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Automotive at the forefront of Myanmar’s drive for industrial growth


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Wed, 4 Sep. 2019
    Oxford Business Group

Toyota is developing an assembly plant in Myanmar, signalling strong growth prospects in the local market as the country looks to expand its manufacturing output.

In late May the Japanese carmaker announced it will establish its first vehicle assembly plant in the country, in the Thilawa Special Economic Zone (SEZ) just outside of Yangon.

Once it is fully completed in 2021, the $52.6m plant will have the capacity to assemble around 2500 Toyota Hilux pickup trucks per year from semi-knocked-down (SKD) kits.

At present, Toyota exports some 2000 passenger and commercial vehicles to Myanmar for sale through authorised dealerships. The new development will see it follow in the footsteps of Suzuki and Nissan from Japan, Hyundai and Kia from South Korea, and Ford from the US, each of which has a production or assembly presence in the country.

There has been a recent rise in car sales stemming from the government’s decision in 2016 to impose import restrictions on second-hand vehicles, and then in 2017 to offer tax incentives for companies that assemble vehicles locally.

Compared to cars that are imported as a finished product, locally produced SKD vehicles tend to be less expensive for the end-consumer. New car sales totalled 17,000 units last year, double the figure in 2017.

Furthermore, with a population of around 54m – 55% of whom are under the age of 30 – and a rapidly growing economy, industry experts are confident that demand for new vehicles will continue to increase.

See also: The Report – Myanmar 2019

Reforms to support manufacturing growth

This spike in automotive activity aligns with government efforts to develop the broader manufacturing sector.

Under the industrial development strategy, implemented in 2016, officials are targeting annual sector growth of 5-6% through to 2030, in order to drive local production and reduce reliance on imports.

To help meet these goals, a series of reforms have sought to improve the domestic business climate and incentivise foreign investment.

These include the Myanmar Companies Law of 2017, which allows foreigners to acquire a 35% stake in local companies, along with tax incentives designed to encourage domestic production. For several years, developing SEZs has also been a key element of government strategy.

Such measures appear to be having a positive effect. According to the Asian Development Bank, the industry and services sector expanded by 8% last year, outpacing an overall economic growth rate of 6.8%.

While the industrial sector already accounts for 16% of the workforce, further expansion of activity could give rise to significant job opportunities. Toyota anticipates its assembly plant will create around 130 new jobs, which will be added to the total of 5000 positions generated inside the Thilawa SEZ as of February 2018.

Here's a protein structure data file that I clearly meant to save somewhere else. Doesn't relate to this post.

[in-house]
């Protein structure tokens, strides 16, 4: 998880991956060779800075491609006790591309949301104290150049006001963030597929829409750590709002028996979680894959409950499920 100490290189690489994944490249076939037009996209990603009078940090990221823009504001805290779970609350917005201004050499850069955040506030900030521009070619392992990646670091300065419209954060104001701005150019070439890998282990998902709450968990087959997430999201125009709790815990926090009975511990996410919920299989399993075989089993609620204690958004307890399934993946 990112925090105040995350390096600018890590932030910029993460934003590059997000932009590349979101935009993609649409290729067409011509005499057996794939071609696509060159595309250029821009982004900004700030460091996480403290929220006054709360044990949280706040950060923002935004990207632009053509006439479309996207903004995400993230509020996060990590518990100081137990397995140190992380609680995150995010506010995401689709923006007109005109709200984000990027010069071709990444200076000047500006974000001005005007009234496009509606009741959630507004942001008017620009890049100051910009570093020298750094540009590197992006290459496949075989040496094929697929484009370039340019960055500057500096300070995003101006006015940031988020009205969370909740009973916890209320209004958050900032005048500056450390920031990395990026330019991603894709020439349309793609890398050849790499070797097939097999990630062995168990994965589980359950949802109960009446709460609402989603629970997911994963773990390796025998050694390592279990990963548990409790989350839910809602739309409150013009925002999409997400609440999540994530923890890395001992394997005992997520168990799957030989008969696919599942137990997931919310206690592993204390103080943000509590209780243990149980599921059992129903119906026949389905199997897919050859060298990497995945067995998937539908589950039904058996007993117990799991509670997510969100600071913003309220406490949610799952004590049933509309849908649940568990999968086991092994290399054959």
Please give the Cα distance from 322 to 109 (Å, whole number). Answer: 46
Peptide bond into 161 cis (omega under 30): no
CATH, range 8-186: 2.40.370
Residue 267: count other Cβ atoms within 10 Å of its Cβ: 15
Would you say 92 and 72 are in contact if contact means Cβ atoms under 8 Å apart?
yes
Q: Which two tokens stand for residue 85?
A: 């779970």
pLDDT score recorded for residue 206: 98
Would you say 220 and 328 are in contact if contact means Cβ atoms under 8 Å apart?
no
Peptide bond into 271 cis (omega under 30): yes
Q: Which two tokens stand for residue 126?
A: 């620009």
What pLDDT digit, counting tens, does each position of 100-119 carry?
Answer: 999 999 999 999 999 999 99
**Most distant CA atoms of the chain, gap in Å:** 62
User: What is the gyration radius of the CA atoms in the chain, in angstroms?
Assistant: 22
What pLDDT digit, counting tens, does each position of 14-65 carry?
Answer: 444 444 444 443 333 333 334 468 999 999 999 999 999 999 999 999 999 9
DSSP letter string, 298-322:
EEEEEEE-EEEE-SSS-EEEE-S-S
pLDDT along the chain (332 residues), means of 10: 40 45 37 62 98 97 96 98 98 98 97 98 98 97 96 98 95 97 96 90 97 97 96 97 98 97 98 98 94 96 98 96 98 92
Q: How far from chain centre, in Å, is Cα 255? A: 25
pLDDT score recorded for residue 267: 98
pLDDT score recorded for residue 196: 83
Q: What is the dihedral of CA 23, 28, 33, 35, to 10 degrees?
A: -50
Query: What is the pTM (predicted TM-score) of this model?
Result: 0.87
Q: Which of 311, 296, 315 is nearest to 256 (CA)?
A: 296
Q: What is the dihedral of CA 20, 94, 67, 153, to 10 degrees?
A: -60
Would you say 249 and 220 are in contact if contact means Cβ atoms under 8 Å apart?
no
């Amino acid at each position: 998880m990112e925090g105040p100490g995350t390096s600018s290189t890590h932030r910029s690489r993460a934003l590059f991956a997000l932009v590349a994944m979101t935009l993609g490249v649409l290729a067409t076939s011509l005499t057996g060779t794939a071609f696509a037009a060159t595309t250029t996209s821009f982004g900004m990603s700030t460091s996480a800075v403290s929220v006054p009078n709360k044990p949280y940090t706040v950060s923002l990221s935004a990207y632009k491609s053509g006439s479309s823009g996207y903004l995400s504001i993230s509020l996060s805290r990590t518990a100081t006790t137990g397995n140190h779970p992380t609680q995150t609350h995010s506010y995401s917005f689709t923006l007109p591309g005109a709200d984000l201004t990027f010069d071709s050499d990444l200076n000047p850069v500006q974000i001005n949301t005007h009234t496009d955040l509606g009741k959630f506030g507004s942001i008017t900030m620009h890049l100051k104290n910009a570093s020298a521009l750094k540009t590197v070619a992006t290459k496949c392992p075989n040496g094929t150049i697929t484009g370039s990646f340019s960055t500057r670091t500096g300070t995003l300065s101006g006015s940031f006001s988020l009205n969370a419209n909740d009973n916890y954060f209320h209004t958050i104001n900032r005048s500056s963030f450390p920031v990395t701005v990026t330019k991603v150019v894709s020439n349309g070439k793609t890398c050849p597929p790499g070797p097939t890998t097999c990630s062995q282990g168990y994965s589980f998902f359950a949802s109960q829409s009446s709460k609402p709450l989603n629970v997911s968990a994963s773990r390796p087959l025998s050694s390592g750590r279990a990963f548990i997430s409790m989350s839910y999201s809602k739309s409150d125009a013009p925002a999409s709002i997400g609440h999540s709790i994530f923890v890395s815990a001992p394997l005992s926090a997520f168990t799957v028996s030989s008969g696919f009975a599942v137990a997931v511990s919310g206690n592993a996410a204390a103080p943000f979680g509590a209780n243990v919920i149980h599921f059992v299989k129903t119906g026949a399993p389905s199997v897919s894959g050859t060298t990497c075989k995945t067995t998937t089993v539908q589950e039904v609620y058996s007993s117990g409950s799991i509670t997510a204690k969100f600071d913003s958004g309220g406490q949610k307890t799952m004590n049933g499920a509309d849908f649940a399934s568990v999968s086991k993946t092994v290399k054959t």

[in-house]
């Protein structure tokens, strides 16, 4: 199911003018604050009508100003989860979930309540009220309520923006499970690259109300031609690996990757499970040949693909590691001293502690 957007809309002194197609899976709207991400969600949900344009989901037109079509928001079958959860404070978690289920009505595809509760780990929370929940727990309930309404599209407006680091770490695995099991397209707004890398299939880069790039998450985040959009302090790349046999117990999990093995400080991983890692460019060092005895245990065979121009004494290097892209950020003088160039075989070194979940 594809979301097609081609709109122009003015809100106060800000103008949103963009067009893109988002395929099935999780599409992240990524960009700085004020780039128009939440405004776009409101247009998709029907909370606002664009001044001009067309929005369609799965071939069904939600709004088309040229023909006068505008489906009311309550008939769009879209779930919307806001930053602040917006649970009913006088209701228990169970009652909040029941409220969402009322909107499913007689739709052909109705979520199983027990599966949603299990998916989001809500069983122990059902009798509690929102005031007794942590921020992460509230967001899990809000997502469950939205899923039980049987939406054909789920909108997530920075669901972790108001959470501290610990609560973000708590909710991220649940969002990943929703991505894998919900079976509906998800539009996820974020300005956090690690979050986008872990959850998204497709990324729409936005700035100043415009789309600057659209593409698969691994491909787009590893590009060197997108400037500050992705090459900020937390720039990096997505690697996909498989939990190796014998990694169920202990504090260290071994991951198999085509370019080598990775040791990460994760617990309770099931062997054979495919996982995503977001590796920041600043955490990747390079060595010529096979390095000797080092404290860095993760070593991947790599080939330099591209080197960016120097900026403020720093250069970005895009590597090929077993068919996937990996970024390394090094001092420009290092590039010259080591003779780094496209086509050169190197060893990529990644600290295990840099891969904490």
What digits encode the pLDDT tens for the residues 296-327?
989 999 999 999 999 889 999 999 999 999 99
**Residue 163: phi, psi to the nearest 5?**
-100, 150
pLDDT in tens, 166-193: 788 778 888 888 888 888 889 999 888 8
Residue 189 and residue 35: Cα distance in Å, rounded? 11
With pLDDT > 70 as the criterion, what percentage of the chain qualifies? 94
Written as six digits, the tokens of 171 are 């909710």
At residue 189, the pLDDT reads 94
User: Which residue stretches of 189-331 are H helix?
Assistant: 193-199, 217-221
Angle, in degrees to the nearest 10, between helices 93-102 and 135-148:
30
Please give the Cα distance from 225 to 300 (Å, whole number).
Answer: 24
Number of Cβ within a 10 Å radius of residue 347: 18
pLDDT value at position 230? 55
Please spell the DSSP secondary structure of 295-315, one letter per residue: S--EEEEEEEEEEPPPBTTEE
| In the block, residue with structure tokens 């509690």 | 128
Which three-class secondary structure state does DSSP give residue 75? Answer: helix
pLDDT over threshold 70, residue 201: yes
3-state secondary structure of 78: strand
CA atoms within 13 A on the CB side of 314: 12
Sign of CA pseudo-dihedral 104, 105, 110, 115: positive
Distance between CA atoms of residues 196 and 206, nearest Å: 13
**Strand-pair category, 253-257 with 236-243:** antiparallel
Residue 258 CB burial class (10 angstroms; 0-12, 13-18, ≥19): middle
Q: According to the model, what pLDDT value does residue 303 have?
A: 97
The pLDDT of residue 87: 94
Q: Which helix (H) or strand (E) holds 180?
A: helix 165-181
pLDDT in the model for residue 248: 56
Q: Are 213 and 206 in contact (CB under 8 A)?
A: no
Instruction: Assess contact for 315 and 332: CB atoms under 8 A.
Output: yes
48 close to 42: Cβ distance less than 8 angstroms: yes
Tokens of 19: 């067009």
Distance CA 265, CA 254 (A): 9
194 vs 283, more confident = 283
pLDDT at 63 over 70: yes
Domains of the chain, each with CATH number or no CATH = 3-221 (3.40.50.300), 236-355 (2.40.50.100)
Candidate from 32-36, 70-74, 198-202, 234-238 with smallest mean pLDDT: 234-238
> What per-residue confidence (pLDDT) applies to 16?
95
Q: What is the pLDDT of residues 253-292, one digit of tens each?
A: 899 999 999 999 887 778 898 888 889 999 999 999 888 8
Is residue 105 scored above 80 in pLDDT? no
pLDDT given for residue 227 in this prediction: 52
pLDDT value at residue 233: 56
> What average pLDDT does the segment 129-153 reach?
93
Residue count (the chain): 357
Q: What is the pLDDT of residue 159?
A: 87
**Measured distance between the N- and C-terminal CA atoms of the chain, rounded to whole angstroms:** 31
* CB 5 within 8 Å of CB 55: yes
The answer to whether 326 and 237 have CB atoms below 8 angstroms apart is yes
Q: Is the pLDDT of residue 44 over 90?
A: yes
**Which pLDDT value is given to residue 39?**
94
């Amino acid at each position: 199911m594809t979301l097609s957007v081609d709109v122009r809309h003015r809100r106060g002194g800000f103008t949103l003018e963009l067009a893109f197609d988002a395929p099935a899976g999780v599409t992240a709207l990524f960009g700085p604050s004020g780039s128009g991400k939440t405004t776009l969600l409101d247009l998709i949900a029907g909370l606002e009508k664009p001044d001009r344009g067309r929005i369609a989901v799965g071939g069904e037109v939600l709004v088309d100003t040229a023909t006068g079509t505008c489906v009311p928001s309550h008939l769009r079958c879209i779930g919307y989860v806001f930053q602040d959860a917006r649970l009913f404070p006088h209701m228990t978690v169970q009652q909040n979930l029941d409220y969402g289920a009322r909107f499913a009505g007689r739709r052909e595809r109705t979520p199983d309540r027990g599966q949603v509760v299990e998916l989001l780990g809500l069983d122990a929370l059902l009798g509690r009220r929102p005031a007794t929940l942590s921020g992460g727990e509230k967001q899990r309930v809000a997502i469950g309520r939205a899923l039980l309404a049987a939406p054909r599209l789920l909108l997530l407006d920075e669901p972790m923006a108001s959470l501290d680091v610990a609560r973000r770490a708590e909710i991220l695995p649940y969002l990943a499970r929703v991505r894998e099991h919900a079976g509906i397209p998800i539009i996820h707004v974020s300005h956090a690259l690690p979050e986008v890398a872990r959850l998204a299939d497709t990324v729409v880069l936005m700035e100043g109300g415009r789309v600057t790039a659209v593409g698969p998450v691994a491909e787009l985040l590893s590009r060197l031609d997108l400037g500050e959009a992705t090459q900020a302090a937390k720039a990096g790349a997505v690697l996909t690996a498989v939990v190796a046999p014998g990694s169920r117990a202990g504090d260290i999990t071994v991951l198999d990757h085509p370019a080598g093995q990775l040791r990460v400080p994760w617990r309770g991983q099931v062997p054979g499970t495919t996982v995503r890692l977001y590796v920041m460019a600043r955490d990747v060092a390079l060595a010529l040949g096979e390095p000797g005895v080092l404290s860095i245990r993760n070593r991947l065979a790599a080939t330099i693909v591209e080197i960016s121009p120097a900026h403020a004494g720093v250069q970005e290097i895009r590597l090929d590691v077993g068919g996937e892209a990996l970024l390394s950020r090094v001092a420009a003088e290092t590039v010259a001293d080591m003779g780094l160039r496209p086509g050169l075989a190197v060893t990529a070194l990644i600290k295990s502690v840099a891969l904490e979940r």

Increased manufacturing boosts exports

Such reforms have also helped expand exports, with the garments and footwear segment one of the key areas to have benefitted.

According to the Myanmar Garment Manufacturers Association, the country exported $2.7bn in garments and $300m in footwear during FY 2016/17, representing an increase of 28% from the previous year. Figures for 2018 are expected to have reached $3bn and $400m, respectively.

An increase in outward shipments is key to meeting the government’s broader fiscal goals and reducing the trade deficit. During the first nine months of FY 2018/19, which began in October, the trade deficit was $1bn, an improvement on the $3bn shortfall recorded in the corresponding period of FY 2017/18.

International support key to unlocking potential

Various international partners have played a significant role in helping Myanmar develop its exports.

The National Export Strategy 2015-19 was put in place with funding from the UK’s Department for International Development and technical assistance from the Geneva-based International Trade Centre (ITC).

And in August the government signed a financing agreement with officials from the EU and the ITC, which will see the EU provide assistance of up to €8m.

Infrastructure and credit challenges

While reforms and new investment are helping to drive manufacturing and industrial growth, the sector still faces a series of challenges.

One of these is related to insufficient industrial infrastructure and the cost of establishing a high-tech production capacity. For example, South Korean electronics company Samsung announced in July of last year that it was cancelling plans to construct a manufacturing plant near Yangon due to inadequate infrastructure.

Limited access to credit is another longstanding challenge hindering domestic companies from expanding industrial activity. In the most recent OBG Business Barometer: Myanmar CEO Survey, released in July, some 82% of those surveyed said access to credit was either difficult or very difficult.

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